Ohio sues Norfolk Southern over toxic train derailment | Ohio train derailment

The state of Ohio is suing the rail giant Norfolk Southern over the derailment of a freight train carrying toxic chemicals through the village of East Palestine last month, calling it one of a “long string” of derailments and hazardous material incidents involving the company.

The 58-count civil lawsuit, filed in federal court, seeks to hold the rail company financially responsible for the derailment that caused the release of over 1m gallons of chemicals, calling it “recklessly endangering” to the residents of East Palestine and the state’s natural resources.

The suit alleges multiple violations of state and federal law pertaining to hazardous waste, water pollution, air pollution and common law negligence, and seeks to recoup the state’s costs from the leak, including for damage to natural resources, emergency responses and economic harm to residents.

“Ohio shouldn’t have to bear the tremendous financial burden of Norfolk Southern’s glaring negligence,” Ohio’s attorney general, Dave Yost, said after the lawsuit was filed.

“The fallout from this highly preventable incident may continue for years to come, and there’s still so much we don’t know about the long-term effects on our air, water and soil,” he said. “The fallout from this highly preventable accident is going to reverberate through Ohio and Ohioans for many years to come.”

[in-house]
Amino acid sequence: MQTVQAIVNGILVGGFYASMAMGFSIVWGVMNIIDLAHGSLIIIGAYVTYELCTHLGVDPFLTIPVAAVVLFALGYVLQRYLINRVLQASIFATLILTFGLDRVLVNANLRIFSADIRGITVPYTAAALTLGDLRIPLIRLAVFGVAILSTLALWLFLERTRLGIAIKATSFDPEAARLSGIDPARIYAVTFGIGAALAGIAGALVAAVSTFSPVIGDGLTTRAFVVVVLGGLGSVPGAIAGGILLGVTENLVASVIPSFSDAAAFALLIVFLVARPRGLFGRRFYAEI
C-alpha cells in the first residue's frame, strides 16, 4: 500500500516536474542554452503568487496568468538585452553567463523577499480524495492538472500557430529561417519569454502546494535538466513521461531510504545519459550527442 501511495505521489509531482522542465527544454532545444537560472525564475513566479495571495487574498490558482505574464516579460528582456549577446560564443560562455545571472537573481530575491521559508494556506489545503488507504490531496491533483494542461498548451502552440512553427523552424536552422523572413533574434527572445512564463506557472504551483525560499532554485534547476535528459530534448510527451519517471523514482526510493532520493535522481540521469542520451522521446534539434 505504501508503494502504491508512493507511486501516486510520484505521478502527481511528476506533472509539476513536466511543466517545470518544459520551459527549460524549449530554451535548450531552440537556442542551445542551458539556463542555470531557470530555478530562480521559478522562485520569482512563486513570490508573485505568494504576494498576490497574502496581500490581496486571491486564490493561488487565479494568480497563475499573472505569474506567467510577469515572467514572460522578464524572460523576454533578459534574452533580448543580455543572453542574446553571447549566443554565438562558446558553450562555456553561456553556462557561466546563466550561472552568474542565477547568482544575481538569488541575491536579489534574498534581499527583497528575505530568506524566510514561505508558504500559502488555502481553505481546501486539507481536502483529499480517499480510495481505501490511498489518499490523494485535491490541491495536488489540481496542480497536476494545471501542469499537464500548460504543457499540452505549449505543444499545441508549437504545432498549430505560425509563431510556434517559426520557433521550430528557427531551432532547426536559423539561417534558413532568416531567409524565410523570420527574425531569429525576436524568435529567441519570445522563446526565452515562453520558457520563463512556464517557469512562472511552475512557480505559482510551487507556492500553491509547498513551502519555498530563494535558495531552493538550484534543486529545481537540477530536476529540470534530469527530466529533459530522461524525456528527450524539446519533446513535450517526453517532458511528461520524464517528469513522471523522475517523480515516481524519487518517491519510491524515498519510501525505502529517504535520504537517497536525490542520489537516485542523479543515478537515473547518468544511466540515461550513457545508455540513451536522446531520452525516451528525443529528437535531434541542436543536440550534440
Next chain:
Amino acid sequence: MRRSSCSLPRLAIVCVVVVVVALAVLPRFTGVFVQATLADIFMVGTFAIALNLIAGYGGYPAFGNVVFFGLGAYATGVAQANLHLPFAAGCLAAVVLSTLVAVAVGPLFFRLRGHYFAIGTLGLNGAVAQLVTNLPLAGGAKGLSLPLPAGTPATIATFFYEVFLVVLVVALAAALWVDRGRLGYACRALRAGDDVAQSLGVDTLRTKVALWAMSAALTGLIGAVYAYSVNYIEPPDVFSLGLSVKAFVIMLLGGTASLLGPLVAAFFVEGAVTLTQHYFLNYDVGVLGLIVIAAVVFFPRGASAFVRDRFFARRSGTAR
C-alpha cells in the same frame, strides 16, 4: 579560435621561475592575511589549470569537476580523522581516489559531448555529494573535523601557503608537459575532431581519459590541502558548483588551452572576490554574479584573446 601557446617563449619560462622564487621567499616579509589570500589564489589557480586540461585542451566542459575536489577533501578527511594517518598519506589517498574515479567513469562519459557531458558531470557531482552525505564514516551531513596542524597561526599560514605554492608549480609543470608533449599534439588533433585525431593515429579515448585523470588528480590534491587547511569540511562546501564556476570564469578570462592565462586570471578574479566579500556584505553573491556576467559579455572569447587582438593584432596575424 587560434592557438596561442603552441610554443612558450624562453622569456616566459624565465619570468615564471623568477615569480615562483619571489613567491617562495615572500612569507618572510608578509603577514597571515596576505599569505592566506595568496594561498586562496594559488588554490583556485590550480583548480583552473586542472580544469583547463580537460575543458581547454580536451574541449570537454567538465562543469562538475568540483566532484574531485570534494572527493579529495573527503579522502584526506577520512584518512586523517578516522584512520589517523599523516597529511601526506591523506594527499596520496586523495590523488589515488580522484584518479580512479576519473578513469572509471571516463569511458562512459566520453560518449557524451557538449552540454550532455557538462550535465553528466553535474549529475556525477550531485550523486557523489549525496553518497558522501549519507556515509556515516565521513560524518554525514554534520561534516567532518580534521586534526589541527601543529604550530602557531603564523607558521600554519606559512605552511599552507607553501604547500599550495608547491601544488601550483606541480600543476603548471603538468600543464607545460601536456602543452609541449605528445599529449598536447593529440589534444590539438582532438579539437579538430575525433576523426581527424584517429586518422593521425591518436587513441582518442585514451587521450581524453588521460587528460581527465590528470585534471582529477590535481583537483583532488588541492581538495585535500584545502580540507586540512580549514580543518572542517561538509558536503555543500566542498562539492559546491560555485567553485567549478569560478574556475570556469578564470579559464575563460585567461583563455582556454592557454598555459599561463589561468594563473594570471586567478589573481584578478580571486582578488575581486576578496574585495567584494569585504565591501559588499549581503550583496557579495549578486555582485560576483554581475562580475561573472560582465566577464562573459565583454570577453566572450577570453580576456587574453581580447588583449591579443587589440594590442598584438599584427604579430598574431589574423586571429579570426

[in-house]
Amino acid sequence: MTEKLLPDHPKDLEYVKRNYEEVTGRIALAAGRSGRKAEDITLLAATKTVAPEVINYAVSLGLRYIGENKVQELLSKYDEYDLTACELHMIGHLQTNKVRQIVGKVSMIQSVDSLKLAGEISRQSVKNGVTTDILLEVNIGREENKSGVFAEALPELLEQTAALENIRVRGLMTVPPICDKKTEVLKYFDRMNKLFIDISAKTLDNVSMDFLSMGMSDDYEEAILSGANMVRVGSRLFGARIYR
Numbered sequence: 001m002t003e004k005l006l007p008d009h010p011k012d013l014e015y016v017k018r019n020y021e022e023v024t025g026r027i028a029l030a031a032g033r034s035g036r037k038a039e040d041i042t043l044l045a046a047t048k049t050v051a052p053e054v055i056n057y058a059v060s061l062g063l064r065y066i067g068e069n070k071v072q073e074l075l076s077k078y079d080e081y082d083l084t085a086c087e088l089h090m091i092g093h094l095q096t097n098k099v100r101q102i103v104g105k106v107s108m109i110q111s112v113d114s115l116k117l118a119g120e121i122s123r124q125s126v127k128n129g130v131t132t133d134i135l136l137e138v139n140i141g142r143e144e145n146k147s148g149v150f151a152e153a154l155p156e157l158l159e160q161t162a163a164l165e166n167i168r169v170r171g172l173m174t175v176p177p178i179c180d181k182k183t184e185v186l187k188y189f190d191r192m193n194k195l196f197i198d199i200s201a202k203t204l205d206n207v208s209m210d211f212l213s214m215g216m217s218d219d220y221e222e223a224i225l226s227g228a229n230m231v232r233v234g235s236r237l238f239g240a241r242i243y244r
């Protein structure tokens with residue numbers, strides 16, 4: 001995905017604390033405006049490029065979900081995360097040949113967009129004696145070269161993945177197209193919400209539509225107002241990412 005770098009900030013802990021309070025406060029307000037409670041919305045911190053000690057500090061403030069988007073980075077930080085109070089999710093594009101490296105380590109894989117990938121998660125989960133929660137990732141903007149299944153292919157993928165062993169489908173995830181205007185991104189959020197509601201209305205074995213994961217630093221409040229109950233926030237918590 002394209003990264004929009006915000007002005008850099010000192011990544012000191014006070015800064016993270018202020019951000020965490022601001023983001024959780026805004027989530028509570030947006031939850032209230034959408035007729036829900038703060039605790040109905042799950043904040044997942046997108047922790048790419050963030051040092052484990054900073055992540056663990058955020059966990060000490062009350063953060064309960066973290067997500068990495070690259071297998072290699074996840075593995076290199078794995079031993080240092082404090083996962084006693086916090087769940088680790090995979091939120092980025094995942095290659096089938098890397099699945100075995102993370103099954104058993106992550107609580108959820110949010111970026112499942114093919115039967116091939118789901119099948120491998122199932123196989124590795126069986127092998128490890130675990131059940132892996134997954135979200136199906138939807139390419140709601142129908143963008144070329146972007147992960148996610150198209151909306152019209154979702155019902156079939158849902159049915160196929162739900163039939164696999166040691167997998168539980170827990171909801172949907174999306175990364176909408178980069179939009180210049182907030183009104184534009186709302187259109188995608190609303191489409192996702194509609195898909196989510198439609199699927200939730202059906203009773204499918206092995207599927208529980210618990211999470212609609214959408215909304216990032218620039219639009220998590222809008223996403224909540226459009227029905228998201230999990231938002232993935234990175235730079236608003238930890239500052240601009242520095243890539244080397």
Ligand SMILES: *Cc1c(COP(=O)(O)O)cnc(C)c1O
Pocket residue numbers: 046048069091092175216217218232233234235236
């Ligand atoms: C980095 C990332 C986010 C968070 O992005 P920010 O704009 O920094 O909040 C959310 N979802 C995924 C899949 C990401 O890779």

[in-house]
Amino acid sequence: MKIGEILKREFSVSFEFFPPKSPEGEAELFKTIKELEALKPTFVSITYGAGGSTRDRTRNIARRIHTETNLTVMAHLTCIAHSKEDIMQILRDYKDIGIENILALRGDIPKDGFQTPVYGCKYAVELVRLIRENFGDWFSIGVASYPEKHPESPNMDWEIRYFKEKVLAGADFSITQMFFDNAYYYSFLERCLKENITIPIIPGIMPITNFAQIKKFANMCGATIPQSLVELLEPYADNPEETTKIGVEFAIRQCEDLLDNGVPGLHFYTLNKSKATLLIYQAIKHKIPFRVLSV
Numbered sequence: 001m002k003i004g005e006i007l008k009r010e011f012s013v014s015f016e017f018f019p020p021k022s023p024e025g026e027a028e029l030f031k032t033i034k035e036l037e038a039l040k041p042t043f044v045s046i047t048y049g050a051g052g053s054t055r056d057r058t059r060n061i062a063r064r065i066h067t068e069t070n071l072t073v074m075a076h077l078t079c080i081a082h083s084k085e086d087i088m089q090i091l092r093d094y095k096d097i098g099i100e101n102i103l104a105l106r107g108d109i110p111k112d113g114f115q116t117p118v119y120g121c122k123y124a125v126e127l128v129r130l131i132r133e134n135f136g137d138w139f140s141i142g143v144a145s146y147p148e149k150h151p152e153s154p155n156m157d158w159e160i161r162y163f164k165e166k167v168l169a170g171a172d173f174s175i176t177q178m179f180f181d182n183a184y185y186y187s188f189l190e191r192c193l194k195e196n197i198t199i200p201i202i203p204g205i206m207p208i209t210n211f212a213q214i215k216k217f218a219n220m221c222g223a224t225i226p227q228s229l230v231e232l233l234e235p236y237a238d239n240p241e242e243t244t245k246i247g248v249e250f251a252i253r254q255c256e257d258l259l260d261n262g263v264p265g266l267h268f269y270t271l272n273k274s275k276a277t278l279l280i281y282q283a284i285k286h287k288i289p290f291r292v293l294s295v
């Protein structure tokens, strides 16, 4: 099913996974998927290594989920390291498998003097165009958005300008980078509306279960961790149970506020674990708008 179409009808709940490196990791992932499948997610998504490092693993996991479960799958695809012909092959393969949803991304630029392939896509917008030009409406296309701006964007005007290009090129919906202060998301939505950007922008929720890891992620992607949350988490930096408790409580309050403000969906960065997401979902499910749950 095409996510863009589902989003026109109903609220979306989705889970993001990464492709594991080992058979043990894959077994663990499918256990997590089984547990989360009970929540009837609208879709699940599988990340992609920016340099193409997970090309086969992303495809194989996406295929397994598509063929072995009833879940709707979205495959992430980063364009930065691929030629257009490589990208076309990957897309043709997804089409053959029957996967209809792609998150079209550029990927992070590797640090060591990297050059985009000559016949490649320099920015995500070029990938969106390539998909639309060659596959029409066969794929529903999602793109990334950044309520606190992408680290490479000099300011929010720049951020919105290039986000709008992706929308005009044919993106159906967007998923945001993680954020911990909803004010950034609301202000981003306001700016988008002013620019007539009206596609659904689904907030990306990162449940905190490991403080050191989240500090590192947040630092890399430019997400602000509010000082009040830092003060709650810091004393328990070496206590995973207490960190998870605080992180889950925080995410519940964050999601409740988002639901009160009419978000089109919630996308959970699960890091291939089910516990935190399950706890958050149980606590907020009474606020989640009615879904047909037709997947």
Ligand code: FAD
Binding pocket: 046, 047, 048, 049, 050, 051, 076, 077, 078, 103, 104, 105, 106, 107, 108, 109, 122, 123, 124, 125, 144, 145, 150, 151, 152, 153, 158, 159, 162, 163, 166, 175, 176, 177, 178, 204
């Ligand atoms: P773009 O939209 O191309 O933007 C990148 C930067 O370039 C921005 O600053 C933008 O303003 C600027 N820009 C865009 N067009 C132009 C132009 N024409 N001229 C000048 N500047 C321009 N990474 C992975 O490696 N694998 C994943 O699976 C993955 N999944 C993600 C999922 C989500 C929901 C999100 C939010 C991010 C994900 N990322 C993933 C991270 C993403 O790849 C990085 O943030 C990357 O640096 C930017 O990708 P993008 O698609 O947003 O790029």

The complaint notes that since 2015 at least 20 Norfolk Southern train derailments have involved the release of chemicals. The derailment in East Palestine initially caused a fire and then the authorities later decided to do a controlled burn to ward off the risk of a deadly explosion. The chemicals, some used in the production of plastics, not only spilled into the environment but sent up huge quantities of toxic smoke during the burning.

Residents and rail workers later said they had experienced sore throats and other symptoms. Experts have called tests on air and water quality lacking.

Last week, Norfolk Southern’s CEO, Alan Shaw, told a Senate panel that the company plans to clean the site fully in an effort to “make it right”. Shaw said he was “deeply sorry” for the impact the derailment has had on the residents of East Palestine and surrounding communities.

Shaw also said Norfolk Southern will provide $21m in financial assistance to East Palestine residents and emergency workers affected.

During a press briefing, Yost said “there’s lots of things that we don’t know yet” about the long-term impacts of the spill on farmers and their livestock in the area, as well as the effect on property and land prices. “This was an epic disaster, and the cleanup is going to be expensive,” Yost said.

On Tuesday, Norfolk Southern said in statement that it looked forward “to working toward a final resolution with Attorney General Yost and others as we coordinate with his office, community leaders, and other stakeholders to finalize the details of these programs”.

The company said it remains committed to finding a solution to address “long-term health risks” and other problems.

( Information from politico.com was used in this report. Also if you have any problem of this article or if you need to remove this articles, please email here and we will delete this immediately. [email protected] )

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